To those of you who know me: Hello, friends!
To those of you who don’t: Hello, friends! It’s lovely to meet you. My name is Lauren Dawson, and this is my fourth and final year at Concordia.
But what does that really mean, and why does it matter? What is Concordia, and why are four years here different from four years anywhere else?
I had to write a poem about it in one of my classes recently, and I want to share it with you here. For you seniors, I’m hoping this will give you a chance to reflect and to sort through your own college experience. For you freshman, sophomores and juniors, I want to paint a picture for you of the journey you’ve embarked on, so that whatever you do, however you grow, you can do so with purpose.
So buckle up, Bulldogs. Here we go.
What are you?
You are not a place – no place can work what you work.
Not a time – everyone is given a different portion.
Not a person – you contain a mosaic of souls.
You simply are, and you answer, and you ask,
“Who are you?”
And students walk your halls unaware that they’re
a part of something larger, something grander, something
that stretches out across the entire horizon
connecting them to people everywhere;
You’re a cross-section, Concordia.
A slice of eternity.
It begins with the soil, as everything does.
From dust we are – clay in a potter’s hands.
We, like the trees, are rooted in it, in this clay, in this
growing in wisdom and stature as we drink up
the water; the wine.
This is the human foundation.
But we, your students, came to you with our own foundations,
our own histories and ways of being,
absorbing nutrients from our own soil that was
rich with hopes and dreams and aspirations.
And you somehow managed to blend those two foundations.
You wound Truth and our purpose together into so tight a cord
that we couldn’t remember how to separate them.
In this we made our beginning:
In who we were and who we hoped to be.
In gravel roads and a winding creek and cobblestone streets and a parade of flags.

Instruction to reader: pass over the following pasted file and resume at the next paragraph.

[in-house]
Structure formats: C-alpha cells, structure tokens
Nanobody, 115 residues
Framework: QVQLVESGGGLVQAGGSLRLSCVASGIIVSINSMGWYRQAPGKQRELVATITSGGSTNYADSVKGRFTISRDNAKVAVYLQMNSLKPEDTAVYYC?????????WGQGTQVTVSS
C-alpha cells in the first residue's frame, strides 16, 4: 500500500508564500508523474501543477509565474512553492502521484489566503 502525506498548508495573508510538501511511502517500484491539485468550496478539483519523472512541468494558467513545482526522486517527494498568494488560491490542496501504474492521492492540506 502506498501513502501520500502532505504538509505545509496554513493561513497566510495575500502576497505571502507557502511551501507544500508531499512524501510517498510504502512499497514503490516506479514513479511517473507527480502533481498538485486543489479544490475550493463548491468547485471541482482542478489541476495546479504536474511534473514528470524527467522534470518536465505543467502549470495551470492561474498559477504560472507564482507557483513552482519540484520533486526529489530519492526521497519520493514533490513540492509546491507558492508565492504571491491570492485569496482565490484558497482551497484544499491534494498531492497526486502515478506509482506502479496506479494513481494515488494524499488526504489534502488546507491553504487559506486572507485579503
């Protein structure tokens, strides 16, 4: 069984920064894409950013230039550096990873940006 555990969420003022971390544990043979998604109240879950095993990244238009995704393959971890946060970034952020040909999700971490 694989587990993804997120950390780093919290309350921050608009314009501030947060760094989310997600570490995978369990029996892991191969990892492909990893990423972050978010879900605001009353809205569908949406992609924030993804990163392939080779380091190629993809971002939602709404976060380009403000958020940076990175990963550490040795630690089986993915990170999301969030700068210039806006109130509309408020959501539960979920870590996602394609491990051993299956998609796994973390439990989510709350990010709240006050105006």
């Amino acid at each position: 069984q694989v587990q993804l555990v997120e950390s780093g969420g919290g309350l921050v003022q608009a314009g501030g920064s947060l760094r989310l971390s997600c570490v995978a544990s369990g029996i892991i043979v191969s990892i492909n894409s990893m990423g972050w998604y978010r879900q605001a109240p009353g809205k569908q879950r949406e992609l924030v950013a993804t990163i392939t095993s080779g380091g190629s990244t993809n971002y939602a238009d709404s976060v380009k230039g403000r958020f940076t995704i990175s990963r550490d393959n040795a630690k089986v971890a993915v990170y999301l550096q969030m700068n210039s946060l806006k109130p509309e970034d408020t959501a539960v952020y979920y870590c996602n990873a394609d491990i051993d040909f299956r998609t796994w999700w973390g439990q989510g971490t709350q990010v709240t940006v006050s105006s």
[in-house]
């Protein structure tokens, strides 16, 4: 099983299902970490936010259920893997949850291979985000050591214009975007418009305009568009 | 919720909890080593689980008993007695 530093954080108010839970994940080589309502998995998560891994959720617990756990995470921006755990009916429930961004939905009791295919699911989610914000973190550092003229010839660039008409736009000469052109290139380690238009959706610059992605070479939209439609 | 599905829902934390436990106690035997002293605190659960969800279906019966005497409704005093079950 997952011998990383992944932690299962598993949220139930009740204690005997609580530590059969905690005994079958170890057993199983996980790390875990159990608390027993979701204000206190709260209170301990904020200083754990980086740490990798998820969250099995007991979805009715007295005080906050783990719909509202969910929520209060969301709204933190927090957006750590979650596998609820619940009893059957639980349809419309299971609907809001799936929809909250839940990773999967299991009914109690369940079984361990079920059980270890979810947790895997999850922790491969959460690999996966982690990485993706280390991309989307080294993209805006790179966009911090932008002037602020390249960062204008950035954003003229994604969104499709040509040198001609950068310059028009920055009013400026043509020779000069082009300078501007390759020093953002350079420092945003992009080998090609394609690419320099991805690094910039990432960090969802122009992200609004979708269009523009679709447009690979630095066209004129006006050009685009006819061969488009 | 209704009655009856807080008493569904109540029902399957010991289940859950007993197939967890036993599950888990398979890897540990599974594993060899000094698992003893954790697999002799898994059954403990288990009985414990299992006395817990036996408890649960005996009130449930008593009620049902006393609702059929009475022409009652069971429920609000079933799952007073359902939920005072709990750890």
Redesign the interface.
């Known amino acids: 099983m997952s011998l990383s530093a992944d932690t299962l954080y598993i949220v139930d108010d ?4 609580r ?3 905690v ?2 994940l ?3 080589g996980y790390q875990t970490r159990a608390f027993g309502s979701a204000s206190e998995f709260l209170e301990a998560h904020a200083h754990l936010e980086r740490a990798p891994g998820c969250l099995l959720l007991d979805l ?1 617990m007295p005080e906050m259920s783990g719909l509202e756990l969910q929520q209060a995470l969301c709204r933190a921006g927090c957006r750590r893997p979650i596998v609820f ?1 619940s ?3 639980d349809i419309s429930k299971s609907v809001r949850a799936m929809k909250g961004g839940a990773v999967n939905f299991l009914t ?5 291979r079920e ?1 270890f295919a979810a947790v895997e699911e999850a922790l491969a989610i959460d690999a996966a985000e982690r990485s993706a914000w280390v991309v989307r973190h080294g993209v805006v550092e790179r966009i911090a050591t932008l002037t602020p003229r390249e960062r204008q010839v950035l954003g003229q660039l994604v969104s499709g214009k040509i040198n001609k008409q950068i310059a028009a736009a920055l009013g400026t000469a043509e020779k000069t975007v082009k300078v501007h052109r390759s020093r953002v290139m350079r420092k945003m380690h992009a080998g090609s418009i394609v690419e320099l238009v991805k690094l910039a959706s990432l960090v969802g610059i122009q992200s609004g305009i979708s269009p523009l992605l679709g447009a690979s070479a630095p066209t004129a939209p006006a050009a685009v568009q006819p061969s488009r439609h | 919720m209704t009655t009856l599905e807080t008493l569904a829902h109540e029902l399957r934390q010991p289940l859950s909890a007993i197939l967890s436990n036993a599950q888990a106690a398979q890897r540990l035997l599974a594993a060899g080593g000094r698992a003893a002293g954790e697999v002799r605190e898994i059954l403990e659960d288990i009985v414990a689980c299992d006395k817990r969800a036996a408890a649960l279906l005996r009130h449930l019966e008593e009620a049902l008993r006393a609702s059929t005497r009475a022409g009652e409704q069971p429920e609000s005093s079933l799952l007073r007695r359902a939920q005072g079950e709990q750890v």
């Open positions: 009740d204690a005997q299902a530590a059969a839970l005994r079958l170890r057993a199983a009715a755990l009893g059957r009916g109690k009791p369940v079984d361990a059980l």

The soil gives way to the surface.
A foundation is only a beginning, after all.
The soil of meaning gives rise to action.
The soil of gravel roads and cobblestone gives rise to
buildings and classrooms and dorms.
From the soil shoots rise up, people
eager to learn and to love.
They grow fast,
and hopelessly, hopelessly intertwined,
inseparable from the soil and inseparable from each other,
rising on this surface where we live
and have our being,
This surface where we are not alone,
Where students learn the richness of another’s smile,
Where classrooms are filled with successes and mistakes
And we ask ourselves questions too big to answer
And we learn the value of community
And others take up others’ crosses.
But our gaze does not stop at eye level.
It continues up, always up,
always to bigger things,
things that we can’t reach or understand,
things that are dazzling, that are frightening.
We direct our prayers upward
and always seek for ways to rise higher,
as we were told.
So we worship upward,
toward the sky,
knowing that we will someday rise past the clouds and the stars,
from the soil of Truth to the surface of Vocation to the sky of new creation.
And we move, too,
from the soil of our past to the surface of our present to the sky of our future,
from the soil of Seward to the surface of Concordia to the sky of the world.
Because Concordia is not a nest.
It is a windowsill, a waystation, for birds on their way
and we must fly.
These gravel roads helped us find our footing
And that tangle of plants planted smiles in our hearts
But we must look up to the sky. There is more.
“The world awaits. Serve it.”
This is your message, Concordia.
So what are you, Concordia?
More than just the prelude to a life.
You’re the combination of soil, surface, and sky,
A cross-section of all that is,
A landing place for birds with songs they must sing.
You’re a journey.